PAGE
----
Next Thursday, Dec. 3, the Business School Alumni Network is hosting a (free!) virtual fireside chat with successful and prominent alum Steve Lucas. Steve will share stories and insights from his 25-plus-year business career in tech and innovation and focus on overcoming obstacles in business and life. Register today and learn more about Steve Lucas below.
Taking risks pays off
“When I was 22, I had decided that I wanted to be the CEO of a billion-dollar software company,” Steve recalls. “I had no idea what I was talking about, but I knew that’s what I wanted to be. I had a passion for leadership.”
Steve built what anyone would call a successful career (if not quite at CEO-level) but, at 44, he asked himself, “Where is that 22-year-old?”
“I decided I wasn’t happy, and I would only be happy, and I would only be able to answer the questions I had about myself, if I took risk.”
So, Steve left his safe, secure, and high-level job at SAP, one of the largest software companies in the world, and took the CEO position at Marketo, a software company with a $200 million annual revenue in steady decline and a long list of challenges. Steve transformed the sales model, products, leadership team, and moved half the company from California to Colorado.
In only 24 months, Steve had grown the company from -6% year-over-year growth to over 35% and doubled the annual revenue to $400 million. When Marketo was acquired by Adobe in 2018, Steve and his team had tripled the value of the company from $1.6 billion to $4.75 billion, making it the best return in private-equity software in history in the shortest amount of time.
Never stop growing
Steve is now the CEO of iCIMS, the world’s leading HR cloud platform for recruiting, boasting clients like Microsoft, Amazon, FedEx, Pepsi, and The Cheesecake Factory.
“iCIMS is a company that for 20 years has been maniacally focused on doing one amazing thing for the best brands in the world: helping companies discover and hire the best talent in the world,” Steve said.
The company makes around $300 million in annual revenue and is growing rapidly. Steve says his job is to grow iCIMS’ annual revenue to $1 billion.
“It’s pretty amazing what you can accomplish in a decade. We probably overestimate what we can get done in a year and underestimate what we can get done in a decade.”
Steve took the CEO position in March 2020, and ever since has had to steer the ship with COVID-19 muddying the waters. With every employee working remotely, Steve hasn’t gotten the chance to meet the vast majority of his employees in-person yet, but video calls do have their up-sides.
“Ironically, I actually see my employees much more virtually than I ever did at any company before,” he said. “Right now, I worry more about the mental health of my employees more than anything.”
Steve makes a point to always keep adapting and evolving his leadership style, and COVID-19 has presented its share of challenges (or opportunities, as Steve would say).
Steve added ten extra company-wide holidays this year and implemented a noon-1:30 p.m. ‘no-meeting’ daily time block.
“Slowing down from the high speed I’m used to has been a big gear-shift for me,” he said. “People are at the heart of any software company and so we must prioritize our collective community health and strength to get through this together.”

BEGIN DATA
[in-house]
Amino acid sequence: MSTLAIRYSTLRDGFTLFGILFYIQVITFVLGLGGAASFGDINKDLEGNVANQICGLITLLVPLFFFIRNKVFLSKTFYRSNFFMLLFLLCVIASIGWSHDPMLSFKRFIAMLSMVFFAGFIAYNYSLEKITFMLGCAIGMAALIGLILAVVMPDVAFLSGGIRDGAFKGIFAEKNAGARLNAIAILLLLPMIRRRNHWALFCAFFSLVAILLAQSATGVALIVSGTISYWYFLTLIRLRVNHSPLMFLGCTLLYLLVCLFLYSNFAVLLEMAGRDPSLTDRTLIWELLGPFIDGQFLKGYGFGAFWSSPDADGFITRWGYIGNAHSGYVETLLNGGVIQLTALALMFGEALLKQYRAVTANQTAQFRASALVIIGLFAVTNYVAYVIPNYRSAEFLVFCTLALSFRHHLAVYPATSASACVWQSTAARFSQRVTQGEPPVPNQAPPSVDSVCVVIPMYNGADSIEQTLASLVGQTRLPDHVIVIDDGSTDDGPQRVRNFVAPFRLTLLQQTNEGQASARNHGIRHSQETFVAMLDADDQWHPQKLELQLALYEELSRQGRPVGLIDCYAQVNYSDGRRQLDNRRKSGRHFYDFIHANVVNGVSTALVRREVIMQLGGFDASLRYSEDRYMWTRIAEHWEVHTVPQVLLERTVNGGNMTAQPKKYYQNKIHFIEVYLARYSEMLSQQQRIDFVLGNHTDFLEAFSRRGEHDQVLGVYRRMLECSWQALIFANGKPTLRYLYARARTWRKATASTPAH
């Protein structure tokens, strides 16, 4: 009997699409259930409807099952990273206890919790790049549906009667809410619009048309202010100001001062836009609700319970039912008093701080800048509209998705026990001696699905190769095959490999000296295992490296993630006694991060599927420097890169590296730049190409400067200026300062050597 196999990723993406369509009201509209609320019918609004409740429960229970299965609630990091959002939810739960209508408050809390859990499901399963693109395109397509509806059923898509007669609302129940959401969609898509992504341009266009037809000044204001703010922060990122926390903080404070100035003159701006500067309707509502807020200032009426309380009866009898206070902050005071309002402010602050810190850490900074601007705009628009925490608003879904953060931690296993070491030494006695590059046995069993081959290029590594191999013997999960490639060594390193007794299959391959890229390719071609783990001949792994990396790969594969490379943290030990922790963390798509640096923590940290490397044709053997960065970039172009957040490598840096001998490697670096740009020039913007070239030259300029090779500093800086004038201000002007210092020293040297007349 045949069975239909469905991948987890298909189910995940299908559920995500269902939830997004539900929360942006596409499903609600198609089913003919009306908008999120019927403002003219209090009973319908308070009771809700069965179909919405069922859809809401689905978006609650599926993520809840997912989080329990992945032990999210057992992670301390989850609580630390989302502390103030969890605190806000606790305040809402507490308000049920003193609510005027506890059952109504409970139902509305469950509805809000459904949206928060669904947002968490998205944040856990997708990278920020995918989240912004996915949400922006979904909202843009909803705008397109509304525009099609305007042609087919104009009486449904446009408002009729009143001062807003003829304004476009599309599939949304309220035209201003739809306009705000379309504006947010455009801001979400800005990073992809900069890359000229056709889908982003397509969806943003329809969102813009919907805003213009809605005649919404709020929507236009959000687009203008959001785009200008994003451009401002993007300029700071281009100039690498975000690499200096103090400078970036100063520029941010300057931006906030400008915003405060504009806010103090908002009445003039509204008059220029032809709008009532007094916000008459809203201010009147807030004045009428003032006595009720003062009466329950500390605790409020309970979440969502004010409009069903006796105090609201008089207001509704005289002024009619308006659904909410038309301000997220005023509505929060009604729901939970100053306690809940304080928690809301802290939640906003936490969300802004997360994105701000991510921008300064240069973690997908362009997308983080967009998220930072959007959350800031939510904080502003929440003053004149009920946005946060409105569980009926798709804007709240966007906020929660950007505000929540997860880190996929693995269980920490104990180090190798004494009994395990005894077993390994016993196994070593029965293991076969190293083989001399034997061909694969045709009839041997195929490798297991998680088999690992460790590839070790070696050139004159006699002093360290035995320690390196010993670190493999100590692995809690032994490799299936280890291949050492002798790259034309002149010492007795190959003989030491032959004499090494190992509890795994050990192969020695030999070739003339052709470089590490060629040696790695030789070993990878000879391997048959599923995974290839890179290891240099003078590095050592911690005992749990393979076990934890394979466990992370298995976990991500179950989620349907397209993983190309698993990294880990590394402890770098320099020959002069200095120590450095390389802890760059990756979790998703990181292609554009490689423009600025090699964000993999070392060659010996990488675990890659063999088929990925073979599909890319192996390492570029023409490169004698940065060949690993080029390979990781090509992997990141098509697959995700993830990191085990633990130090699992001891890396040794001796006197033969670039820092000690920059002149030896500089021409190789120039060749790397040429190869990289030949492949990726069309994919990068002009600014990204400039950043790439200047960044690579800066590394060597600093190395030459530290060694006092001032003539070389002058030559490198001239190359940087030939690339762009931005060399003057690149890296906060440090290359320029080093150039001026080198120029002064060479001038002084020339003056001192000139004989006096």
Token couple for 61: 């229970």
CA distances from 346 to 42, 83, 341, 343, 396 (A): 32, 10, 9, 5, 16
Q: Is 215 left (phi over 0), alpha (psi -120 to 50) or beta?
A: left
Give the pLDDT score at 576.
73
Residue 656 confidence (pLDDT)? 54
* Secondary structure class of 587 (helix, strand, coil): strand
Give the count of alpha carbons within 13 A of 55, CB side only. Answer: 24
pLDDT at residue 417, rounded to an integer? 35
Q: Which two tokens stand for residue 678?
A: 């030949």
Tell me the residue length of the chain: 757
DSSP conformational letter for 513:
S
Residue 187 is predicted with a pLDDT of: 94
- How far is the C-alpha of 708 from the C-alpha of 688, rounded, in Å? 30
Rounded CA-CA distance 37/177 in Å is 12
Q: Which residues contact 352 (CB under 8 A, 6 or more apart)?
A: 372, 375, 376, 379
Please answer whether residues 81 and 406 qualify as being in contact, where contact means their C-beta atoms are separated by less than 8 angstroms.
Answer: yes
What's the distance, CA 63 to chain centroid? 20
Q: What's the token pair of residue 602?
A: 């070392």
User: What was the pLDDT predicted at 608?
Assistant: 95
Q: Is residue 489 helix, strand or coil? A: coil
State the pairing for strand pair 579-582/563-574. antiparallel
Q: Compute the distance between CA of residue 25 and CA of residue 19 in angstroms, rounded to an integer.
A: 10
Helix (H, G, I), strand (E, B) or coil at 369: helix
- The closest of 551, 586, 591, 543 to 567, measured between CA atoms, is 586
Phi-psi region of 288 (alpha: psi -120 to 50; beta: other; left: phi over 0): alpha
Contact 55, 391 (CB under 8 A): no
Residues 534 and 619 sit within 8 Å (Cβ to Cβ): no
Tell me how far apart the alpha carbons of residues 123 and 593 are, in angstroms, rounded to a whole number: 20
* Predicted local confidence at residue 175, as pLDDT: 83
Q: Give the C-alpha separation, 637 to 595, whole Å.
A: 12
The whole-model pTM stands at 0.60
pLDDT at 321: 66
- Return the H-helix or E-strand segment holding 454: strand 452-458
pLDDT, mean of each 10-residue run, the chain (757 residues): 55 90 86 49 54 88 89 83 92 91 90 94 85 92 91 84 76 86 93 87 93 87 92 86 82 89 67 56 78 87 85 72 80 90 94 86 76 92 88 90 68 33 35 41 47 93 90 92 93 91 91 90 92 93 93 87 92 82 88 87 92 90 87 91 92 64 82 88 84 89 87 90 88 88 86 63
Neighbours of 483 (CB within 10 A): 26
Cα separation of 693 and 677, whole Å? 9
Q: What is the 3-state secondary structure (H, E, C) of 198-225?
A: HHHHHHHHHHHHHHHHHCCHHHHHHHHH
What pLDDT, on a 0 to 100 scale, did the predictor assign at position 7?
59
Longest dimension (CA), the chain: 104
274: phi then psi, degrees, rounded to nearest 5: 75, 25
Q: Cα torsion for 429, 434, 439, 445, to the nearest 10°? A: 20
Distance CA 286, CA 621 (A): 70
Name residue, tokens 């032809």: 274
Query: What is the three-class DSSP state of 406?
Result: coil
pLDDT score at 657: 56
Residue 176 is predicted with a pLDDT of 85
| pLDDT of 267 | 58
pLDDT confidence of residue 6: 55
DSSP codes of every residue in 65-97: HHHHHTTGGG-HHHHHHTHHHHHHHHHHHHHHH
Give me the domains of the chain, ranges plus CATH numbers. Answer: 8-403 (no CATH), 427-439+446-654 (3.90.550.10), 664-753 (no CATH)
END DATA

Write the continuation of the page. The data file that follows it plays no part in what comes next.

Turn challenges into opportunities
Steve says that the thing that’s really defined him in life is his Type 1 diabetes. Type 1 diabetes is typically a genetic condition present from birth, whereas Type 2 is generally age or weight related and presents later in life. Steve’s case was unique in that he didn’t develop his Type 1 diabetes until he was in his early 20s. The disease has no cure and can be life-threatening.
“I had no idea it was coming. When you get hit with any kind of chronic diagnosis, your world kind of comes crashing down. Contemplating your own mortality is not typical for most people in their early 20s. When I learned more about it, I started to wonder if I was ever going to see age 30 or 40. My life immediately and radically changed forever,” Steve said.
Steve’s life-altering diagnosis taught him some of his greatest life lessons. “First, managing something – instead of letting it manage you – provides an opportunity to take ownership of it. And second, managing diabetes is part science and part art – just like running a business. I’ve learned to appreciate what elements need to be exact, and others that allow for creativity and flexibility.”
Steve shared wise words to help others cope with struggles that come their way.
“Everyone is presented with challenges. My chronic diagnosis turned out to be a blessing in that it taught me to look at challenges as opportunities instead. I’m not sure I would be the person I am today had I not been given this opportunity to be Type 1 diabetic.”
Decide who you want to be
Steve asks everyone, “What do you want to be?” Not what do you want to do – what do you want to be.
Steve advises students facing an uncertain future to take the opportunity to slow down and think about what they really want to be, not just next year, but 20 years from now, and then back up from there.
To use himself as an example, Steve says he wants to be a person that has the means and ability to give back. He sees a future for himself as a not-for-profit CEO someday.
“The work I do is not simply for making money for money’s sake. I want to be a good human. I want to leave the campsite better off than when I found it,” he shared.
Finally, Steve’s urges you to go for it.
“Think big and take risk sooner. Instead of dropping anchor and holding steady, raise the sail and really go somewhere!”